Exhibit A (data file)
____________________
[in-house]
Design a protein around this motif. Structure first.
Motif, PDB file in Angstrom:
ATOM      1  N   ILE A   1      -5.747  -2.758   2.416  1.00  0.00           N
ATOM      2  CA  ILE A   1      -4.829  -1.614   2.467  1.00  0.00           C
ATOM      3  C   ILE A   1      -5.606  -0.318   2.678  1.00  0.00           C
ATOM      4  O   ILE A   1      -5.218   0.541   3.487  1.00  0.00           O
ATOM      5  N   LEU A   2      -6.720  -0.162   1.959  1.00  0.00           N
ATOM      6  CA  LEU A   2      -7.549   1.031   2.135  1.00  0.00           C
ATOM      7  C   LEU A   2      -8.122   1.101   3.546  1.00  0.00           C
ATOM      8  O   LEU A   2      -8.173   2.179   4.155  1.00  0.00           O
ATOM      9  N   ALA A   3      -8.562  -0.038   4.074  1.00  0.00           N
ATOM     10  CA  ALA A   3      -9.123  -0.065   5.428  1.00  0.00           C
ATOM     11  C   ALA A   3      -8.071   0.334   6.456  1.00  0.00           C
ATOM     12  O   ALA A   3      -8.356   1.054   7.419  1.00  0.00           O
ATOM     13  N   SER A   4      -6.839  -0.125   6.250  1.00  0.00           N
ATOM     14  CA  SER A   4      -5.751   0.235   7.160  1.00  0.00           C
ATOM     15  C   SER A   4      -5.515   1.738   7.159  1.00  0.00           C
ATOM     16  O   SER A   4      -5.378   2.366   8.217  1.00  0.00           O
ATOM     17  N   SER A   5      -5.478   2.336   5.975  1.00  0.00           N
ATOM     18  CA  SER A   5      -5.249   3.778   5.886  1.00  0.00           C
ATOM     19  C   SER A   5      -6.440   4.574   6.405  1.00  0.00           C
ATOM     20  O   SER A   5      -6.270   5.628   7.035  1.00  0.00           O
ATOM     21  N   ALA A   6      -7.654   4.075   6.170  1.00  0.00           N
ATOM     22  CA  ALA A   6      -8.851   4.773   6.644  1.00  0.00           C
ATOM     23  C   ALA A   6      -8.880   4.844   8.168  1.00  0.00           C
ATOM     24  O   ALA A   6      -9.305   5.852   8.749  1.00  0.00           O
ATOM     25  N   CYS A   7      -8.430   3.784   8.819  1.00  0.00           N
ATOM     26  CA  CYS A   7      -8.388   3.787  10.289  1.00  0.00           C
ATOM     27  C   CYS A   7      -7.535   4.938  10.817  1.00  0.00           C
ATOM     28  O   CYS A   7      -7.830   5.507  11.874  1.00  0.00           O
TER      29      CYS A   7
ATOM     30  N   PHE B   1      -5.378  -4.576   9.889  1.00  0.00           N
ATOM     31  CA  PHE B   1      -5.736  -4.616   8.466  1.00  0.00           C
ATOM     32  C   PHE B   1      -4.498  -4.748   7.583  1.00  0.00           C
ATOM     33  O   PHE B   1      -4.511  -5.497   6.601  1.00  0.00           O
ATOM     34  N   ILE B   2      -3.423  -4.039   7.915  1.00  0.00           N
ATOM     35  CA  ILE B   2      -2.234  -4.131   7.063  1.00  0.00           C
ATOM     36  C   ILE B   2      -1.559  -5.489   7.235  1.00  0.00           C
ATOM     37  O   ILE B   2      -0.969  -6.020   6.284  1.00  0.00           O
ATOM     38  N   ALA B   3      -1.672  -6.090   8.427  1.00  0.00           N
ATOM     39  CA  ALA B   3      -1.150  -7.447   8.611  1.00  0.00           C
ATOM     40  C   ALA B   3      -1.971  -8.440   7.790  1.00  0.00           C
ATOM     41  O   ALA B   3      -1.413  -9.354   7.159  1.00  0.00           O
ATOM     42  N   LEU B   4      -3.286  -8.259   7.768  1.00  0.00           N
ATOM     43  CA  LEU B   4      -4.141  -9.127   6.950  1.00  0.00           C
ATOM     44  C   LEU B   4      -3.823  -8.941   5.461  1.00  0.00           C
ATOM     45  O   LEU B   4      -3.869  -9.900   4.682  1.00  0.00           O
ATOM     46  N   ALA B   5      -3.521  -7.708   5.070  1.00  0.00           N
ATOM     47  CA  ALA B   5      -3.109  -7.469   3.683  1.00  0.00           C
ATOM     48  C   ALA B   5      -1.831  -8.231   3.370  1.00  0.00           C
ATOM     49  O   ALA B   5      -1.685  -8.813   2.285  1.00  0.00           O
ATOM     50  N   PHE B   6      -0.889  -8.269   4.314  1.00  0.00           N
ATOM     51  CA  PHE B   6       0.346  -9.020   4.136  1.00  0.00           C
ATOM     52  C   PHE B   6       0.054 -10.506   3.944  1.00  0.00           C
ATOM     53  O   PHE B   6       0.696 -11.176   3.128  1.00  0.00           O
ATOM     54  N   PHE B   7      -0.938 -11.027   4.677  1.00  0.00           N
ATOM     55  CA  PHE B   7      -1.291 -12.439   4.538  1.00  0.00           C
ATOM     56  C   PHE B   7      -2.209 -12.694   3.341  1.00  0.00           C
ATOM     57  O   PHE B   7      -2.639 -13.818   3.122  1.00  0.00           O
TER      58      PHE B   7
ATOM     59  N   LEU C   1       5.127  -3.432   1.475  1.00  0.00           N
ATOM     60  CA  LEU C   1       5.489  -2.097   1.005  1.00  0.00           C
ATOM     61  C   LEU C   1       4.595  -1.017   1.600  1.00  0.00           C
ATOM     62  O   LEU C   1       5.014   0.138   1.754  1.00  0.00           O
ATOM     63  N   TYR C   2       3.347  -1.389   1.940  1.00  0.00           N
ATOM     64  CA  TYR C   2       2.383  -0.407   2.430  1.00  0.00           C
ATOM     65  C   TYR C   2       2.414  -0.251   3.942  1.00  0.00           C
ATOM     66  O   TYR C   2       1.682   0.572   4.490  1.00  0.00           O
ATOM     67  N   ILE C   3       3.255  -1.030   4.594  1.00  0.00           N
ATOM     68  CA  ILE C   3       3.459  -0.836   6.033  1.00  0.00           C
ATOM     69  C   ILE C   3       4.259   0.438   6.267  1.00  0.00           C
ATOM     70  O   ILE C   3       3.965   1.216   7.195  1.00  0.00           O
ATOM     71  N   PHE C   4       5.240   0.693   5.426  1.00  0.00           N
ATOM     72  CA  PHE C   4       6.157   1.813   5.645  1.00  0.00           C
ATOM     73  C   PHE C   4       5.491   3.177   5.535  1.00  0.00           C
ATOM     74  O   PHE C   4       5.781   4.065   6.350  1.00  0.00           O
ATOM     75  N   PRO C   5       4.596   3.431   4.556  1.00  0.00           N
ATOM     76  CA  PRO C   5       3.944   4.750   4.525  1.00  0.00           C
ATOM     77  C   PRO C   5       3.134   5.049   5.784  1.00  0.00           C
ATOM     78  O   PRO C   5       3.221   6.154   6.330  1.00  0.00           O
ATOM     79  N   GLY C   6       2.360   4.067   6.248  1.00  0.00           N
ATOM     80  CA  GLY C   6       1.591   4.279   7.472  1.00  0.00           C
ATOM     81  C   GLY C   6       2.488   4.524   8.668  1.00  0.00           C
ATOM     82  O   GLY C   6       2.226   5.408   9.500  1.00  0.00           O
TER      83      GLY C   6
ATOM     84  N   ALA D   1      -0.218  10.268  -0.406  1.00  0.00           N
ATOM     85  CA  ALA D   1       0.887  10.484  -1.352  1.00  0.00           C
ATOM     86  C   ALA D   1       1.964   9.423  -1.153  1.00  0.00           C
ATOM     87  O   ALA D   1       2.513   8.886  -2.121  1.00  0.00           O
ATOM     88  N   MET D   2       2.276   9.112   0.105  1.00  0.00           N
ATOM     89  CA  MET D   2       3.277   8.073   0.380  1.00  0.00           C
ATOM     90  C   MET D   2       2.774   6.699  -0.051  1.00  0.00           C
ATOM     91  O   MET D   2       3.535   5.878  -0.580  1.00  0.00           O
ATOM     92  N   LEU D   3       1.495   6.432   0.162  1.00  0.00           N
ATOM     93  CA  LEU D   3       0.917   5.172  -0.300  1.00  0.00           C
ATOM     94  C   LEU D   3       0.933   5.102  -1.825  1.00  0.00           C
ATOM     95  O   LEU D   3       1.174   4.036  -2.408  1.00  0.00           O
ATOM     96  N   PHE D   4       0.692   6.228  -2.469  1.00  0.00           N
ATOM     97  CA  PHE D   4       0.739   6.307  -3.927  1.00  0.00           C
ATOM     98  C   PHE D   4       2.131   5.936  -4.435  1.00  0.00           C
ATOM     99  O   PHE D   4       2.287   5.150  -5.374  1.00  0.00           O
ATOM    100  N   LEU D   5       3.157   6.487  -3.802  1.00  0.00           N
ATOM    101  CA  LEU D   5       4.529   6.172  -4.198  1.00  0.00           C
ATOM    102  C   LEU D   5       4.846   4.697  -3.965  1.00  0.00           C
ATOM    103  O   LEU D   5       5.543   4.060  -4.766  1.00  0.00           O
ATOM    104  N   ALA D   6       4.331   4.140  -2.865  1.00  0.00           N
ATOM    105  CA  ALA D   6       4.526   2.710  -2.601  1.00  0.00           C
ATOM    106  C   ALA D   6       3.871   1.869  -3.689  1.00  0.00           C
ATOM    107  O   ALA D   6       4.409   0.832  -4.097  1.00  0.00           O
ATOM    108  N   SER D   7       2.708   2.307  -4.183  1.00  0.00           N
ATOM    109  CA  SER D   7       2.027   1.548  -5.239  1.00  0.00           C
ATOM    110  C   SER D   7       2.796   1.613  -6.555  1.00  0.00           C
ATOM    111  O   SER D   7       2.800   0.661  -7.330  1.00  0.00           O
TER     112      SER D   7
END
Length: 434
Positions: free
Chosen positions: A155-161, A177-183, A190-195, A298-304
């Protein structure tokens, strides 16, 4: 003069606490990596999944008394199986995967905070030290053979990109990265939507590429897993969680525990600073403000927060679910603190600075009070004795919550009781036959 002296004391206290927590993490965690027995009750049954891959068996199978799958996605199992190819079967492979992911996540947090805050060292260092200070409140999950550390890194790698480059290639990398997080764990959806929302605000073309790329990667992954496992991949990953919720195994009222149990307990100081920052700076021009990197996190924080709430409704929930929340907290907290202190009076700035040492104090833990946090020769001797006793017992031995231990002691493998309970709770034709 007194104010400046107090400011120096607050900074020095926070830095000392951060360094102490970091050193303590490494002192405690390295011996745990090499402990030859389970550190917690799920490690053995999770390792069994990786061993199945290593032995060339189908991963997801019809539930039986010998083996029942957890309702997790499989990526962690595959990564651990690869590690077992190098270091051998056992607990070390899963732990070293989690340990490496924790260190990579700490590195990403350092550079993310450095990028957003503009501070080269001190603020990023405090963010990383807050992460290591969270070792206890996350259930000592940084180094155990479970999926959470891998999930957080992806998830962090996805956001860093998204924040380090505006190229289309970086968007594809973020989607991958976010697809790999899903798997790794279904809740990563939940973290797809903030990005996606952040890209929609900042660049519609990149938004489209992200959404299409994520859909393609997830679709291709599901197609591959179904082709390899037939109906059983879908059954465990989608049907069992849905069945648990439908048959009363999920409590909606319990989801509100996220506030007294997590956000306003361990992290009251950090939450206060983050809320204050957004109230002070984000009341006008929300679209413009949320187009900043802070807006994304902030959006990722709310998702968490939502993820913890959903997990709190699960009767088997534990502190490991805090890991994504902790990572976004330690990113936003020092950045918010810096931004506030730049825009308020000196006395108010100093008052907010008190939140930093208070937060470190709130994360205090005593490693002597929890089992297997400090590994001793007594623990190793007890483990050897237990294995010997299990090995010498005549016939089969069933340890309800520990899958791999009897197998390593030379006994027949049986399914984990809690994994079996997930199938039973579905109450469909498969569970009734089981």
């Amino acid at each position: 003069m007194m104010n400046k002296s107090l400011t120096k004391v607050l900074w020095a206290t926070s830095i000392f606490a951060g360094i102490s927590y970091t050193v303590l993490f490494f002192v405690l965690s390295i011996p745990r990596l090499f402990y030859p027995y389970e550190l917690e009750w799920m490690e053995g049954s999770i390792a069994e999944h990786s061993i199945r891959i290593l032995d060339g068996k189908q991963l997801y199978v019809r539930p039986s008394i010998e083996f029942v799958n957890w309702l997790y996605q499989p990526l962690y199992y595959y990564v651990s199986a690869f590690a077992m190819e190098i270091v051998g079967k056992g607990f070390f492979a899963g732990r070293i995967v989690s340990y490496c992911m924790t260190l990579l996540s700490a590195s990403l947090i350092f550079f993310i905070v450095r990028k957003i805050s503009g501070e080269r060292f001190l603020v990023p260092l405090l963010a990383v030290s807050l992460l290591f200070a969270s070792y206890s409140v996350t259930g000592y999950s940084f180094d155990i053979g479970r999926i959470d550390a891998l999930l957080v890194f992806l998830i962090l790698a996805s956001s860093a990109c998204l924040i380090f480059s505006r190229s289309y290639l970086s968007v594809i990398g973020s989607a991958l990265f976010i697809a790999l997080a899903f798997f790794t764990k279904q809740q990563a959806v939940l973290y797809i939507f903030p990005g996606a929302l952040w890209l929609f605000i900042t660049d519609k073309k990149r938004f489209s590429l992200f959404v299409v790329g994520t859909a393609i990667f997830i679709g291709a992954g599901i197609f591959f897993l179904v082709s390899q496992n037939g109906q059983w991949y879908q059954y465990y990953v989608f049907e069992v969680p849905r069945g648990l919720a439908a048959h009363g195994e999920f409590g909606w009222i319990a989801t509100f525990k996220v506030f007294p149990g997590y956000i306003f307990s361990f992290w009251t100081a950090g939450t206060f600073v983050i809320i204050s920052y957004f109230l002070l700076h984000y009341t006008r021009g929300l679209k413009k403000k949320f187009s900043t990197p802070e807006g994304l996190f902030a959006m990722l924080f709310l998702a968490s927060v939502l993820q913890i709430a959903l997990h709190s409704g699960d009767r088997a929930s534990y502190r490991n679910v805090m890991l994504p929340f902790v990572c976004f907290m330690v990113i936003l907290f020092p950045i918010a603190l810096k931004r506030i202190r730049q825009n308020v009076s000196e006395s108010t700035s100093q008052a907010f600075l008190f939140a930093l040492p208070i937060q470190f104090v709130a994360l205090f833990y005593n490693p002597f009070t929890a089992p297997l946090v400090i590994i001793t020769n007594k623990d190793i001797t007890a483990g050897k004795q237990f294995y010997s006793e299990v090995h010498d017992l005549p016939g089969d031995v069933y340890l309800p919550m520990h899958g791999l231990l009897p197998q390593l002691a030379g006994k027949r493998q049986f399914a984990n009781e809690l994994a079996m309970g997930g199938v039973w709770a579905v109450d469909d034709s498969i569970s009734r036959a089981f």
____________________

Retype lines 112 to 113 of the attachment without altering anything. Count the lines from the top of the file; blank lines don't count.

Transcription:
ATOM    109  CA  SER D   7       2.027   1.548  -5.239  1.00  0.00           C
ATOM    110  C   SER D   7       2.796   1.613  -6.555  1.00  0.00           C